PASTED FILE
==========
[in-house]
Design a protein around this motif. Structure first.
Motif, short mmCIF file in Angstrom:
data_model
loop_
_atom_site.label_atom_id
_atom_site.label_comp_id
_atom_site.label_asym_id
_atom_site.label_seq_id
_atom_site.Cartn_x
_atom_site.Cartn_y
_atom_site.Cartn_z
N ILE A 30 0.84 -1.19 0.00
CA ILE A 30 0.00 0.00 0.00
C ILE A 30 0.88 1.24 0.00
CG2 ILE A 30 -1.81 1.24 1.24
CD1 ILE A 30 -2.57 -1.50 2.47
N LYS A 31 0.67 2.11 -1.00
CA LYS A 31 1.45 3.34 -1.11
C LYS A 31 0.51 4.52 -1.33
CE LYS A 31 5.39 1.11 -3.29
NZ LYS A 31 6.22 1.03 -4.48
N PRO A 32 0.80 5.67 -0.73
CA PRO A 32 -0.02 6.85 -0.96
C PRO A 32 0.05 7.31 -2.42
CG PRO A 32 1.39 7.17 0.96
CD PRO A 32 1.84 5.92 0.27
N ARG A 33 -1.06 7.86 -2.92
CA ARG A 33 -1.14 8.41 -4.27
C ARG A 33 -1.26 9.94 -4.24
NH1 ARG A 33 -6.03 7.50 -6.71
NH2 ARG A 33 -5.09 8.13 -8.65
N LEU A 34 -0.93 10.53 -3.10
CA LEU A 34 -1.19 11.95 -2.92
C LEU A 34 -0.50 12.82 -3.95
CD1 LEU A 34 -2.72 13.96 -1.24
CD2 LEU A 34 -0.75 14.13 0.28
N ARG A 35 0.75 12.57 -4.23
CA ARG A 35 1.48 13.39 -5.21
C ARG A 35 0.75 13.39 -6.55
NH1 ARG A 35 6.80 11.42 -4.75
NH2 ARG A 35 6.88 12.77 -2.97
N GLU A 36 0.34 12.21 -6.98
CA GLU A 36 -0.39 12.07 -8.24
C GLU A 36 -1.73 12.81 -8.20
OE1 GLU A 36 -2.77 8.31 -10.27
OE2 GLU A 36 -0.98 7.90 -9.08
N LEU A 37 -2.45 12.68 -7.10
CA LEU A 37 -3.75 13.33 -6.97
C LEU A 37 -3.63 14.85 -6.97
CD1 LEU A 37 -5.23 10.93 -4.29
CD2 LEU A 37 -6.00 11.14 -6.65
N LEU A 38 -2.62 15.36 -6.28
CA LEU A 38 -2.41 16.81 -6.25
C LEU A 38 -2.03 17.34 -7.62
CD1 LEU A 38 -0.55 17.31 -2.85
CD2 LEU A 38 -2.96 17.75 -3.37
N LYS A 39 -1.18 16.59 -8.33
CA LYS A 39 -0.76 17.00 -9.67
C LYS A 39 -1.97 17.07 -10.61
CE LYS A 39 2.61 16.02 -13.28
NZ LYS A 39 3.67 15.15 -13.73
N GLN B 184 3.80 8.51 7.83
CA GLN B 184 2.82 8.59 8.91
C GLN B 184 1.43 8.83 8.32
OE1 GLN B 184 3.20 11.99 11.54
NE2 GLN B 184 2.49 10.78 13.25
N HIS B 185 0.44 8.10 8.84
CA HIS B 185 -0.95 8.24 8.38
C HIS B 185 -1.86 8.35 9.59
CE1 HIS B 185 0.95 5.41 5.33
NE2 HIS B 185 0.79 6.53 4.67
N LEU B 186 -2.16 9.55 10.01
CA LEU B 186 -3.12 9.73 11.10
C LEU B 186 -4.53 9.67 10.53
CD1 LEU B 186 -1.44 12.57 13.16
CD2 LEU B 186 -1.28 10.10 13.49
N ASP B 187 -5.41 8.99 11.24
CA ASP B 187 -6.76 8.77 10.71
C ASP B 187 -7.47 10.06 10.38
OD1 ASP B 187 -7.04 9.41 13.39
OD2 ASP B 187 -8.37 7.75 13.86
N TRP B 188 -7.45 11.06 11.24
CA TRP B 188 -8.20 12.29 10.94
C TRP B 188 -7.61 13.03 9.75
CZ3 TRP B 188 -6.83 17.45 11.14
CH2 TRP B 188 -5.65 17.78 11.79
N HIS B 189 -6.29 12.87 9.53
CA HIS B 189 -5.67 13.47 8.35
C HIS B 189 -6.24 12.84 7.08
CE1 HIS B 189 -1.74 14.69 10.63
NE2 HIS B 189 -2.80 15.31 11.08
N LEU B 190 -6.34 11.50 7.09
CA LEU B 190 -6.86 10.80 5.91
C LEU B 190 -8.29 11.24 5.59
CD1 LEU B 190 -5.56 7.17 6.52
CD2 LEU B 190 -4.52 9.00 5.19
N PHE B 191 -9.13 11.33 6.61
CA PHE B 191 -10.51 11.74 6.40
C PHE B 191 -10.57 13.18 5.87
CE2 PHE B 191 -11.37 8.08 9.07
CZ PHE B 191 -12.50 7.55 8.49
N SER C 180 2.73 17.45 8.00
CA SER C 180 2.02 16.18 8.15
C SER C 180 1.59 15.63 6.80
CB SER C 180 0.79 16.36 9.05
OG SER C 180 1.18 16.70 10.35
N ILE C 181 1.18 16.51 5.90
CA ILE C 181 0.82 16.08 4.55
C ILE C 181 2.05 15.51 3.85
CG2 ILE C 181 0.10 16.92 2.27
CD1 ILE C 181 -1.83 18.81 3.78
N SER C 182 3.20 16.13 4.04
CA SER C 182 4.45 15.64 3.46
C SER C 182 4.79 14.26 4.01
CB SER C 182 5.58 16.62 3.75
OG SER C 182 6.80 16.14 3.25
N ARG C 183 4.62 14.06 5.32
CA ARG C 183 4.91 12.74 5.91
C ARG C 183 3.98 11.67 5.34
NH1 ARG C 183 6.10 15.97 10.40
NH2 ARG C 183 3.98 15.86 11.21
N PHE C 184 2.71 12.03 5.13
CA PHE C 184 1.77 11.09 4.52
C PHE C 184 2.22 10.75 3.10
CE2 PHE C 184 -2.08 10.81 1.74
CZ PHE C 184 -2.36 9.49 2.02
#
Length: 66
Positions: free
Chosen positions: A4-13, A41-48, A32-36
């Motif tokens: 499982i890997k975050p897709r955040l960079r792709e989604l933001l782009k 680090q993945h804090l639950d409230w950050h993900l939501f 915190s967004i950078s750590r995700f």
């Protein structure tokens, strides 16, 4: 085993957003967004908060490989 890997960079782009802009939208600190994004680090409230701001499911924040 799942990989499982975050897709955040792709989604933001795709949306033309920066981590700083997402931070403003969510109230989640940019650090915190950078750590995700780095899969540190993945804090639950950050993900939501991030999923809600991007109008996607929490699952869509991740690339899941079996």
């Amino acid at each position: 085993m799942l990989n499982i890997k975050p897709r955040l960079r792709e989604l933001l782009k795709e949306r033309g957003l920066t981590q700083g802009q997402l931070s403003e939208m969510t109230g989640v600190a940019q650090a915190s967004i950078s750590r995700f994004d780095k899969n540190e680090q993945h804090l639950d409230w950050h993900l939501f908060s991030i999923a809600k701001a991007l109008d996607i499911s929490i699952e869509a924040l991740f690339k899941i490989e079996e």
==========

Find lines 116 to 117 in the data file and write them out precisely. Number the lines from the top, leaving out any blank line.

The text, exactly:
CB SER C 182 5.58 16.62 3.75
OG SER C 182 6.80 16.14 3.25